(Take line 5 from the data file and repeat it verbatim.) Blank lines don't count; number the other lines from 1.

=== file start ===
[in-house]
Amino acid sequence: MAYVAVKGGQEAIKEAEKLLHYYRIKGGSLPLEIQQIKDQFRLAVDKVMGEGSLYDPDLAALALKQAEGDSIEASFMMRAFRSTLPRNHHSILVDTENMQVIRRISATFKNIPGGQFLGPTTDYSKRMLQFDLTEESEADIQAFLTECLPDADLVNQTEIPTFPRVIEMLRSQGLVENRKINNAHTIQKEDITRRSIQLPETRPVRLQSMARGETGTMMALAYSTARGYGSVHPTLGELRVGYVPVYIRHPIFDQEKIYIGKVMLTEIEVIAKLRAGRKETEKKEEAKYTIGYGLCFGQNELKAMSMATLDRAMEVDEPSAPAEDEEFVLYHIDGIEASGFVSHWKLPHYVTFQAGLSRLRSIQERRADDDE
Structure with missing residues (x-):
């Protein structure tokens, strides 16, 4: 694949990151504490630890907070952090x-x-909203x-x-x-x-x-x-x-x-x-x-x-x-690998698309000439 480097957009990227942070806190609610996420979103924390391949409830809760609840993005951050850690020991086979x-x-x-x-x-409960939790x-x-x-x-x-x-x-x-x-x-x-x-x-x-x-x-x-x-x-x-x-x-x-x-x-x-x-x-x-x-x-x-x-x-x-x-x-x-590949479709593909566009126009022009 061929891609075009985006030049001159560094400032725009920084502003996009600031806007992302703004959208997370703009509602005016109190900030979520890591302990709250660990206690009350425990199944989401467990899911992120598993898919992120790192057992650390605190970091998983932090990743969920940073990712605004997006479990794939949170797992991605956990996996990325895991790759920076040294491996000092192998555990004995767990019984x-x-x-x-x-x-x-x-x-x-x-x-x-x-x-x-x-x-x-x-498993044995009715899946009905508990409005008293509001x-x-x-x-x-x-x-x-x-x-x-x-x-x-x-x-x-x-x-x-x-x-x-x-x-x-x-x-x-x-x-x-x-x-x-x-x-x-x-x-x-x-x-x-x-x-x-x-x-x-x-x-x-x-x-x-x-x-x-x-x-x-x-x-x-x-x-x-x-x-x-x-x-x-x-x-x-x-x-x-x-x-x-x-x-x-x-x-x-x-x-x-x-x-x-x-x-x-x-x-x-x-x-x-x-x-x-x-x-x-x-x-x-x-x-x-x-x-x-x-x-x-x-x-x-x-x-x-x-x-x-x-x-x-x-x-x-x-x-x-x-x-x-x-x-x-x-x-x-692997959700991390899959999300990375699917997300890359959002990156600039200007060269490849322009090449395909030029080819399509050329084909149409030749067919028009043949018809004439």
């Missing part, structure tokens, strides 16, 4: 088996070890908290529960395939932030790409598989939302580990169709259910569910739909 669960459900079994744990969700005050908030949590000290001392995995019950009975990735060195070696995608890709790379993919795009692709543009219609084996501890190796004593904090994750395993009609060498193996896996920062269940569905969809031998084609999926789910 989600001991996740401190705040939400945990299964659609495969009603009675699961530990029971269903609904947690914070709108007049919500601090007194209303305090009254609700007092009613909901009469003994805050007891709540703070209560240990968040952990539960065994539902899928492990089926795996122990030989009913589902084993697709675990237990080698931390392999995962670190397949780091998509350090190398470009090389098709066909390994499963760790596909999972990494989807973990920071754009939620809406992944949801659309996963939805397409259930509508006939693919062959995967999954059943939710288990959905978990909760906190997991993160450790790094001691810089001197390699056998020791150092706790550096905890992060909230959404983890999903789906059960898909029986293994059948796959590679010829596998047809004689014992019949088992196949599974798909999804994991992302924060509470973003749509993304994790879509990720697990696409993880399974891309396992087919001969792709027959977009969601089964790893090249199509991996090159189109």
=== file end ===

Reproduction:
């Missing part, structure tokens, strides 16, 4: 088996070890908290529960395939932030790409598989939302580990169709259910569910739909 669960459900079994744990969700005050908030949590000290001392995995019950009975990735060195070696995608890709790379993919795009692709543009219609084996501890190796004593904090994750395993009609060498193996896996920062269940569905969809031998084609999926789910 989600001991996740401190705040939400945990299964659609495969009603009675699961530990029971269903609904947690914070709108007049919500601090007194209303305090009254609700007092009613909901009469003994805050007891709540703070209560240990968040952990539960065994539902899928492990089926795996122990030989009913589902084993697709675990237990080698931390392999995962670190397949780091998509350090190398470009090389098709066909390994499963760790596909999972990494989807973990920071754009939620809406992944949801659309996963939805397409259930509508006939693919062959995967999954059943939710288990959905978990909760906190997991993160450790790094001691810089001197390699056998020791150092706790550096905890992060909230959404983890999903789906059960898909029986293994059948796959590679010829596998047809004689014992019949088992196949599974798909999804994991992302924060509470973003749509993304994790879509990720697990696409993880399974891309396992087919001969792709027959977009969601089964790893090249199509991996090159189109």